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#include <Arduino.h>
#include <SPI.h>
#include <Adafruit_VS1053.h>
#include <SD.h>
#include "MusicPlayer.h"
MusicPlayer::MusicPlayer(int8_t cs, int8_t dcs, int8_t dreq, int8_t cardcs)
musicPlayer = new Adafruit_VS1053_FilePlayer(cs, dcs, dreq, cardcs);
musicPlayer->setVolume(20, 20); // lower = louder
musicPlayer->sineTest(0x44, 500);
MusicPlayer::setVolume(uint8_t left, uint8_t right)
musicPlayer->setVolume(left, right);
MusicPlayer::startPlayingFile(const char *trackname)
return musicPlayer->startPlayingFile(trackname);
MusicPlayer::poll(unsigned long jiffies)
/* Cleverness ensues
* The Adafruit library is written to let you go off and do whatever you need,
* hooking into an interrupt to sort of act like a multitasking operating system,
* interrupting your program periodically.
* That's smart, since it makes it easy to use,
* but we want this to be responsive, and can't handle something barging in and taking up lots of time:
* it makes things look really uneven as our display code pauses to fill the buffer.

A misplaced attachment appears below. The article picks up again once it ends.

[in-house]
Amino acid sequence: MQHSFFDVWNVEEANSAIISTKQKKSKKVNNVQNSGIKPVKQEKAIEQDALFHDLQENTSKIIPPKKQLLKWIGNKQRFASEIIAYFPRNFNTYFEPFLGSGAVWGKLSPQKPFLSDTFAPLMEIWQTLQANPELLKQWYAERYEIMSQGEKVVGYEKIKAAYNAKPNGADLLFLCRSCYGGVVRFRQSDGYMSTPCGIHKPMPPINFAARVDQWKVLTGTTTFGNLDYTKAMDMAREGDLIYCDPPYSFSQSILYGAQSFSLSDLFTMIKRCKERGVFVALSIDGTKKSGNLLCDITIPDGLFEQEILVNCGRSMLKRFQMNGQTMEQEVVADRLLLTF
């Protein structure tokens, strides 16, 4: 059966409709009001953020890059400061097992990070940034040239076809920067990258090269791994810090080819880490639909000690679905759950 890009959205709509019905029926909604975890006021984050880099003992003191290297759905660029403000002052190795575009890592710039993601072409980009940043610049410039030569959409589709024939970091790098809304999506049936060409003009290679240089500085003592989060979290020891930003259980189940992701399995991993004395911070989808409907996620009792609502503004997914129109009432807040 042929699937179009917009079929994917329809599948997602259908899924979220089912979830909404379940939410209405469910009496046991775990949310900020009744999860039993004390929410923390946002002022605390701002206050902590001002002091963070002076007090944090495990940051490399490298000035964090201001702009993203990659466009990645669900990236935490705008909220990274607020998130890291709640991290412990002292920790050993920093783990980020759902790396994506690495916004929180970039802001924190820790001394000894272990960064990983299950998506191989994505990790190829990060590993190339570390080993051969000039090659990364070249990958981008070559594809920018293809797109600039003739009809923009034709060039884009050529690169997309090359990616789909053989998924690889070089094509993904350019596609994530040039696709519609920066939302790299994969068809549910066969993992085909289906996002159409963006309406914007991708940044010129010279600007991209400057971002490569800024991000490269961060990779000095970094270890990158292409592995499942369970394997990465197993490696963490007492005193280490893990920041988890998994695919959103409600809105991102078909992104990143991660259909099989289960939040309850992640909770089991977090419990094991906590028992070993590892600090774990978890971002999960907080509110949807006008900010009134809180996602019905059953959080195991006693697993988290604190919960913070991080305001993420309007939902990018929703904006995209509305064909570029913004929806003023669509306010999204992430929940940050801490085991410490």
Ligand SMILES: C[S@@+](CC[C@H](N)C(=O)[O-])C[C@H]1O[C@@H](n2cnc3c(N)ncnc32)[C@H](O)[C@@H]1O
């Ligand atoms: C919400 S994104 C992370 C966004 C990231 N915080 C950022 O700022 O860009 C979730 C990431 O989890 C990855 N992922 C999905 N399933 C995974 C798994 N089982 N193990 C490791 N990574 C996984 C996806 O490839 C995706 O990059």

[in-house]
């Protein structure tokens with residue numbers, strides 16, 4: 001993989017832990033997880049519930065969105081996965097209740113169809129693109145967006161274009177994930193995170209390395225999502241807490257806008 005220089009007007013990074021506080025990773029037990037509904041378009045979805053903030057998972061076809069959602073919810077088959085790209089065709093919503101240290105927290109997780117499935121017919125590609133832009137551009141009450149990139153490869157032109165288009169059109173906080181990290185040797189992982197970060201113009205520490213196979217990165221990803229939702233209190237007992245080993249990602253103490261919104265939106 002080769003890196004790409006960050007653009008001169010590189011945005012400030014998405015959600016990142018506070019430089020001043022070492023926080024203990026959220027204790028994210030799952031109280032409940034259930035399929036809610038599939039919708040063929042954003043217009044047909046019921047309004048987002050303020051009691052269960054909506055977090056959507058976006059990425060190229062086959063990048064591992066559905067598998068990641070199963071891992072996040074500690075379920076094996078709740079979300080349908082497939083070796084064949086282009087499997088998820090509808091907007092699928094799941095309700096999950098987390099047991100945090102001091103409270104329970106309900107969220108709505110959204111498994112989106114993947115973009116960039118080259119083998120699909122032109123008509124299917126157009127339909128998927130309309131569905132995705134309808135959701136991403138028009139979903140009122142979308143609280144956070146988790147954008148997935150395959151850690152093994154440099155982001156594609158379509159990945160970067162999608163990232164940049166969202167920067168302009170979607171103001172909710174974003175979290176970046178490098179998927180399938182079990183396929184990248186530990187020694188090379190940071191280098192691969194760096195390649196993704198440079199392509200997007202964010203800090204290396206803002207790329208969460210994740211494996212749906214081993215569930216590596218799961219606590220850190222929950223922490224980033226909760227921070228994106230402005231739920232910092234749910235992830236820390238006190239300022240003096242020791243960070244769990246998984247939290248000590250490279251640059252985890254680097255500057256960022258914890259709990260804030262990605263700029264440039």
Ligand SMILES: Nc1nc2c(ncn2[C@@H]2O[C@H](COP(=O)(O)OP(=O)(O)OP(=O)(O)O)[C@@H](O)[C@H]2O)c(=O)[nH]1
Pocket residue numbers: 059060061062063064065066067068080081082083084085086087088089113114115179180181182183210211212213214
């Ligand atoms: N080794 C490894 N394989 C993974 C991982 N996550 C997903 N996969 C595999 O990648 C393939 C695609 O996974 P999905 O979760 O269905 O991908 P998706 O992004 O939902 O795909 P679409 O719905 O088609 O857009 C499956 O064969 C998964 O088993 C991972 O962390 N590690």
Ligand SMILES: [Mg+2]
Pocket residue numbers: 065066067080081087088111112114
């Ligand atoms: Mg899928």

* Fortunately, we don't have to fill the entire buffer at once, we can trickle data in.
* That's what this does.
* Since the entire program is polling, without ever calling delay,
* and hopefully doing what needs to be done quickly,
* we check to see if the music chip wants more data.
* If it does, we give it one chunk, and only one chunk,
* rather than filling its buffer back up completely.
* There is still some weirdness with this loop,
* possibly because the SPI routines are masking interrupts used to increment millis.
* But it's remarkably more fluid than the other way.
if (musicPlayer->playingMusic && musicPlayer->readyForData()) {
int bytesread = musicPlayer->>mp3buffer, VS1053_DATABUFFERLEN);
if (bytesread == 0) {
musicPlayer->playingMusic = false;
} else {
musicPlayer->playData(musicPlayer->mp3buffer, bytesread);